Learning from a Mentor
In information security, there are so many career niches, so many new information security topics and technologies and so many evolving cyberattacks and breaches. To keep up with the rapidly changing information security field, you can never stop learning. One fantastic method to become more educated is to find a mentor.How do you find a good mentor?
A good mentor is someone who has patience and is able to explain complex topics in a multitude of different ways to ensure everyone is able to understand. One of the best places to look for a mentor is at your current place of employment. Many people have senior individuals where they are employed that have been in the field for years and can explain highly complex topics. If there is a senior person where you work, try asking them if you can shadow them when they perform specific tasks that you want to learn more about. You can also ask if they can set aside time on a weekly or monthly... read more >
Becoming a Mentor
Over the last couple of weeks, I have become more involved with training and education as it relates to the information security realm. Finding myself thinking more and more about the need for advancing information security knowledge, I've realized how important becoming a cyber security mentor is to those in need.
Those of us who are more senior and have deep expertise and firm grasp on the concepts and practices relating to information security, have the ability to help others in our field. By becoming a mentor, you can share your security knowledge, help others learn and develop their own skills, create a larger population of skilled people, and ultimately help advance the overall knowledge level in the field.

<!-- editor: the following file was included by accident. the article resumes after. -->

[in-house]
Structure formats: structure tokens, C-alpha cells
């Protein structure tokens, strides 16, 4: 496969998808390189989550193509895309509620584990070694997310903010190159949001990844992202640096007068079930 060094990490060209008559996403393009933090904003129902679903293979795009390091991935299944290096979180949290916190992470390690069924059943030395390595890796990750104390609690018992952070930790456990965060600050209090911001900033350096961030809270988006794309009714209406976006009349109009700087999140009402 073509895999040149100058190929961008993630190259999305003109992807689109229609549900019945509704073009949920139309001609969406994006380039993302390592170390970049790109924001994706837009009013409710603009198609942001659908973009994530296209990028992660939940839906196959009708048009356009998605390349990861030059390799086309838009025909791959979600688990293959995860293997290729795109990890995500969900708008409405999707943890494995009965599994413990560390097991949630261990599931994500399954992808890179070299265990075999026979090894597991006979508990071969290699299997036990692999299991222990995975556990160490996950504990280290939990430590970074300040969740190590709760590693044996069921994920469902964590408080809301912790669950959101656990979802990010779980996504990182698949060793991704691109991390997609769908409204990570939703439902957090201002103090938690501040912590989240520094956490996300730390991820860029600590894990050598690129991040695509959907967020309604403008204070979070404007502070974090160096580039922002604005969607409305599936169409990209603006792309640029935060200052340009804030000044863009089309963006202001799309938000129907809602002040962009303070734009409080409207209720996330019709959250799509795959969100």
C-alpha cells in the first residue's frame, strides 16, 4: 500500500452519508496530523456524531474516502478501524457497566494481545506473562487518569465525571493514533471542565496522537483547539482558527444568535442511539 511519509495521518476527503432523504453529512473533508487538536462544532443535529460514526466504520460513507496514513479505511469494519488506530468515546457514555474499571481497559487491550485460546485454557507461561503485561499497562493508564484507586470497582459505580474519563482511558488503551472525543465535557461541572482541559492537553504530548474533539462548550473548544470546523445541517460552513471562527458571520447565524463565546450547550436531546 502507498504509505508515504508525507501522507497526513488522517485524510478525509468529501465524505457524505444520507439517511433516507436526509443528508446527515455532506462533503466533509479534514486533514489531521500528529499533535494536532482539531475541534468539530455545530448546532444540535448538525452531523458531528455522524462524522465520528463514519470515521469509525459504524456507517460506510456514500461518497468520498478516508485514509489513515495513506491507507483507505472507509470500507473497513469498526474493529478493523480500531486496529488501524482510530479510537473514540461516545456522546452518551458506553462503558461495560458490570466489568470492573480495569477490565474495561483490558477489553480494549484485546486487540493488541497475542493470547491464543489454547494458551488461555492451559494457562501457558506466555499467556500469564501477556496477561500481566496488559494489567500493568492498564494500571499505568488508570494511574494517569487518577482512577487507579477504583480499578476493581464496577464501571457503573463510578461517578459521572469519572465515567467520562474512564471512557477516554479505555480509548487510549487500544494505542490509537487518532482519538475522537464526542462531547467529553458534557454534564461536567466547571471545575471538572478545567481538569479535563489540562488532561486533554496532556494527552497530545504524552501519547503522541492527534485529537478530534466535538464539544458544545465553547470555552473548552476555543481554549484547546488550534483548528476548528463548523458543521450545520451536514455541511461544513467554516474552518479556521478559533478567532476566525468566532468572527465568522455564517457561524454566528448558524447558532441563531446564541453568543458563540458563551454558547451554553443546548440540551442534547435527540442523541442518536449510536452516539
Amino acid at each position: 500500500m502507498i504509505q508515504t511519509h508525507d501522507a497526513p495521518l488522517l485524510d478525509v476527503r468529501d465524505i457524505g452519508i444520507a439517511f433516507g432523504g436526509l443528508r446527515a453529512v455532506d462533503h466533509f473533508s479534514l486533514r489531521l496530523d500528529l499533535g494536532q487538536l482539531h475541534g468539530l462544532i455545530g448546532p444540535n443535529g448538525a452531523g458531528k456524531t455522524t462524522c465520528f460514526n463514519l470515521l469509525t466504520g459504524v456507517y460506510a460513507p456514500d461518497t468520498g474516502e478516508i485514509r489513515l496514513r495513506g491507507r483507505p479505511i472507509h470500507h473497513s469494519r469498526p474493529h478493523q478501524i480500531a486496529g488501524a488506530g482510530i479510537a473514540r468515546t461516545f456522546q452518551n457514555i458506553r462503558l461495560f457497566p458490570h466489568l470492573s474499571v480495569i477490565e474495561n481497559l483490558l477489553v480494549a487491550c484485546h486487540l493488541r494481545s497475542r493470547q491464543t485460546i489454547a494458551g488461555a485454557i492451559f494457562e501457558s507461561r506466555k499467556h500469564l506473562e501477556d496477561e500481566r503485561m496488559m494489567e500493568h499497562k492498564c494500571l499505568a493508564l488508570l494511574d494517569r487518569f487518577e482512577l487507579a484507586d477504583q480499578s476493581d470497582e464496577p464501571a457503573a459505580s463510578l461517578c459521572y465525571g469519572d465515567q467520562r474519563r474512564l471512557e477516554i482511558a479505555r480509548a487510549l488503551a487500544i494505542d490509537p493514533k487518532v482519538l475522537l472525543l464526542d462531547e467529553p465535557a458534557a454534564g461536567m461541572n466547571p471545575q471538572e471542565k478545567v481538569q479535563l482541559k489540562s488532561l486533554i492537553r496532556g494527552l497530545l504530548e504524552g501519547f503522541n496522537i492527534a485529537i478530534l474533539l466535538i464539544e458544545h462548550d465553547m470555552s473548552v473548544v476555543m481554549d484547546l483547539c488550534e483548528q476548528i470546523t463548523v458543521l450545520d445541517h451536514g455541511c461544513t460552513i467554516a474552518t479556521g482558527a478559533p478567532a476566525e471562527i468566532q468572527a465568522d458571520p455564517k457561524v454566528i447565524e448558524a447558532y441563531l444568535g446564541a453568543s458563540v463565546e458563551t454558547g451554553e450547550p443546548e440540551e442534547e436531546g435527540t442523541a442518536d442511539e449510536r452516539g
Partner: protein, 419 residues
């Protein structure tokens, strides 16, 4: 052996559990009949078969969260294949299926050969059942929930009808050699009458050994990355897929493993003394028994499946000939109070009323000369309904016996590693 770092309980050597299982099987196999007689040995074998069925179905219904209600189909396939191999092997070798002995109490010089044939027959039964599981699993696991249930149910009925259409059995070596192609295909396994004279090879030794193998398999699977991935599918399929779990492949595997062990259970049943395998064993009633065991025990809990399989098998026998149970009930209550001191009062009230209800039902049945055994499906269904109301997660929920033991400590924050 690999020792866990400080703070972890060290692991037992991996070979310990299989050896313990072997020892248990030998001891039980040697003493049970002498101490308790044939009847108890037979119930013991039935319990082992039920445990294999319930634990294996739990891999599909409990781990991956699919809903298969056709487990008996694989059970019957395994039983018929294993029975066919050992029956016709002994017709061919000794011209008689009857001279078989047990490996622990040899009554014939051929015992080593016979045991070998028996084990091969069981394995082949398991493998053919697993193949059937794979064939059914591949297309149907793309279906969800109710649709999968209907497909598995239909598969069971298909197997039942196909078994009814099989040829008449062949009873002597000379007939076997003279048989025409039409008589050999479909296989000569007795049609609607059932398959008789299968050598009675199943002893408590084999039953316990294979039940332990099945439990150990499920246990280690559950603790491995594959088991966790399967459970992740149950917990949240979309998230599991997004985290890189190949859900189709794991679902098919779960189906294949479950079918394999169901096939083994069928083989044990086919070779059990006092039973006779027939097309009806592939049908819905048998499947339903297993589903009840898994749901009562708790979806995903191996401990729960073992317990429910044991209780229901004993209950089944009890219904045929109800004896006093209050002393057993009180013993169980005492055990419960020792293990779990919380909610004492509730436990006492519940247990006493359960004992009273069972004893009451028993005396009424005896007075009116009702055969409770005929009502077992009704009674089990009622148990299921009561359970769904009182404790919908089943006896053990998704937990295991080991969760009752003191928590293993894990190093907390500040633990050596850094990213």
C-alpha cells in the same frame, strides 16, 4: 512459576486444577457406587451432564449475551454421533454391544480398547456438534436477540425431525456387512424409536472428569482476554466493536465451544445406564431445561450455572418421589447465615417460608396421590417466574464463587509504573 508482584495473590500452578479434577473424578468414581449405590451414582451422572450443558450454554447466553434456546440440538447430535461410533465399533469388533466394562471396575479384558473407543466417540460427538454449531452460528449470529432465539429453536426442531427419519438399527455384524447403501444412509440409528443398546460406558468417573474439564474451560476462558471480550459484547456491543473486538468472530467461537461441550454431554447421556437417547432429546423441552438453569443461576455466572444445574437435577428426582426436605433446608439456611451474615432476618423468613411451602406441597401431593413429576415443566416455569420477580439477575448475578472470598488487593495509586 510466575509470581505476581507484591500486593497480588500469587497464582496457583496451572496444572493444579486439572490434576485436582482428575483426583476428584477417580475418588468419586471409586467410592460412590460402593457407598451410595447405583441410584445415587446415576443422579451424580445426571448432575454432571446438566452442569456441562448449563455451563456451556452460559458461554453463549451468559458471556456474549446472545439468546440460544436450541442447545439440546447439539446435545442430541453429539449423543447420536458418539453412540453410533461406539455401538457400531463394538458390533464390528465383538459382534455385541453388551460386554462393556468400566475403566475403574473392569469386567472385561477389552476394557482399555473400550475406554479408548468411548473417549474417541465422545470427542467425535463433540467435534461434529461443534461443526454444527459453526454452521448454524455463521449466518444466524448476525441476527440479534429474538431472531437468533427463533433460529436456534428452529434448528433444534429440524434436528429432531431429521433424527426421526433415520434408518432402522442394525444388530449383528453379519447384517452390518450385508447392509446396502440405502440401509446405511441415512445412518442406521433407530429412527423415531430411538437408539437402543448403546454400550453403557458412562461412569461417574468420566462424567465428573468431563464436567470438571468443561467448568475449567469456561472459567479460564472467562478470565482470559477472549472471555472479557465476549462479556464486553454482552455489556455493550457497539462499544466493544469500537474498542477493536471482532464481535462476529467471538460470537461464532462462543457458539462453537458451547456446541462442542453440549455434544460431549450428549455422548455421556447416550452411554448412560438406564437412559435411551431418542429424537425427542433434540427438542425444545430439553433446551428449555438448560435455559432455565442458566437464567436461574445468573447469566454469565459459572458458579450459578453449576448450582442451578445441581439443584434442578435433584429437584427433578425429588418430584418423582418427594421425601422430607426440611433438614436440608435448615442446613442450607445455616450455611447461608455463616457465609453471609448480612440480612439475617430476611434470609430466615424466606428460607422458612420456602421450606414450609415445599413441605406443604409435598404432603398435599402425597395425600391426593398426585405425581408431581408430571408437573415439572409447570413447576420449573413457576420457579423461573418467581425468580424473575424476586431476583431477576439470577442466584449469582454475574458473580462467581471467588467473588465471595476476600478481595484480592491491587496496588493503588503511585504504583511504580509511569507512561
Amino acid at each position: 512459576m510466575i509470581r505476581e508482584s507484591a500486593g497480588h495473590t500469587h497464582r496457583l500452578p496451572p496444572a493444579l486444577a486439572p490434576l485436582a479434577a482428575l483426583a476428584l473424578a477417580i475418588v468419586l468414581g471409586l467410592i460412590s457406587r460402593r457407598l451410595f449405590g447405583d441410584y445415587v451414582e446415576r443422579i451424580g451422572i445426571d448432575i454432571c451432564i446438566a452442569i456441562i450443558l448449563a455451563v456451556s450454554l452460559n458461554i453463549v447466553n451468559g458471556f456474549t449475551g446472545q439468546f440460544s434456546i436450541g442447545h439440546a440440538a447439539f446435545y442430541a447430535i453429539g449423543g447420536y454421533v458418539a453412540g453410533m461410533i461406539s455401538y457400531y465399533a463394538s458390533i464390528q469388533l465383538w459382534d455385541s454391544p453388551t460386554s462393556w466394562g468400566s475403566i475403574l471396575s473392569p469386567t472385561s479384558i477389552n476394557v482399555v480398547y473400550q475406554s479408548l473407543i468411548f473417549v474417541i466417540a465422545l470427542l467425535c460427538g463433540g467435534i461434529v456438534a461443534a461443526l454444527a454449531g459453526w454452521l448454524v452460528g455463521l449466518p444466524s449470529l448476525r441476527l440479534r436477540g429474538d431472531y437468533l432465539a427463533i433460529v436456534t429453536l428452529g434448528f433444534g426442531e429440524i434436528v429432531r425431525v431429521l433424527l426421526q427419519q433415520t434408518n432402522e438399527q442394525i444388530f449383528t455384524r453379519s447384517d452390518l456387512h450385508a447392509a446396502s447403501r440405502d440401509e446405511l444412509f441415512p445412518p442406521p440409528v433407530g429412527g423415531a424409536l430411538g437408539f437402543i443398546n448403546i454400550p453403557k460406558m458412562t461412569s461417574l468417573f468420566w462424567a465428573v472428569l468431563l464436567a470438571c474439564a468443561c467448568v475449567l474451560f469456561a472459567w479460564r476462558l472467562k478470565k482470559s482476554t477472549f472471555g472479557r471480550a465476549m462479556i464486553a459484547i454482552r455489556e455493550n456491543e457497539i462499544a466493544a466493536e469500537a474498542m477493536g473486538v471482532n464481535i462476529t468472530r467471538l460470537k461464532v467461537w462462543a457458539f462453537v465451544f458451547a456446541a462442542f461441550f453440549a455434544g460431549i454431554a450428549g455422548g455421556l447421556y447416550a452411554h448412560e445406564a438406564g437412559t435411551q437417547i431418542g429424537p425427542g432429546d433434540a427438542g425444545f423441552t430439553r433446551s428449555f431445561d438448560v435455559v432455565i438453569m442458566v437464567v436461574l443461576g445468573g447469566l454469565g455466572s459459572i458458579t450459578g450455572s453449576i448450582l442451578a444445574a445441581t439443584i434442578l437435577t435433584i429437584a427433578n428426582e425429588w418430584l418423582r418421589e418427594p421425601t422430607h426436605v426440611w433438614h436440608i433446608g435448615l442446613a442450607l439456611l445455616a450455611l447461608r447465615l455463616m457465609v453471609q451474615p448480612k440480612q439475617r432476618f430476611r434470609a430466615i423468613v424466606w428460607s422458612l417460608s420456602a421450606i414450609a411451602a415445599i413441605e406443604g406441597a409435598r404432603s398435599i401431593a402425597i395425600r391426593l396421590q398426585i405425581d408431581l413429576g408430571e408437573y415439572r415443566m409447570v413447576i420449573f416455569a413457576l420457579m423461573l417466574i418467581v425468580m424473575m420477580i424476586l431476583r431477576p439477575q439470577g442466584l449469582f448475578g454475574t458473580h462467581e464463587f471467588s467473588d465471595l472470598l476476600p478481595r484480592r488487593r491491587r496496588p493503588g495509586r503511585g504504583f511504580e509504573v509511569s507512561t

Mentoring works because it lets one learn from the other person’s successes and – yes – failures. Being a mentor can take a formal route. You can, for example, be an instructor at a college, university, or technical school. You... read more >
Ways to safeguard against gift card exploitable vulnerabilities
In my previous blog, Hacking Gift Cards, I outlined how you can get free food by enumerating valid gift cards with Burp Intruder. This blog continues that narrative, but adds in other types of cards and attack vectors. In addition, I’ll illustrate some problems with gift card balance checking, and how gift cards can be easily enumerated without the card holder’s knowledge or permission. In some cases, the security surrounding a gift card is so bad you don’t even need to use Burp Intruder.Prerequisites:
Burp Suite Professional
In Hacking Gift Cards Part 1, I discussed six gift cards that had a discernible pattern. Identifying the pattern allowed us to find values on cards that were already sold and had value. In searching for more targets, I... read more >
With consulting work comes travel. Over the years, I have traveled extensively and stayed in a variety of hotels and suites. Through this experience, I have noticed several issues with hotel (specifically room) security. In this blog, I am going to walk you through some of the consistent issues that I notice in hotel room security, due diligence and awareness.
As many of you probably know, you never want to leave your valuables laying around your hotel room when you aren’t in it. This is one of the reasons hotels provide a safe, a lock on the door and hotel staff. At least one of these should stop a criminal, as well as keep me, my valuables and my room safe, right?Replacement Room Keys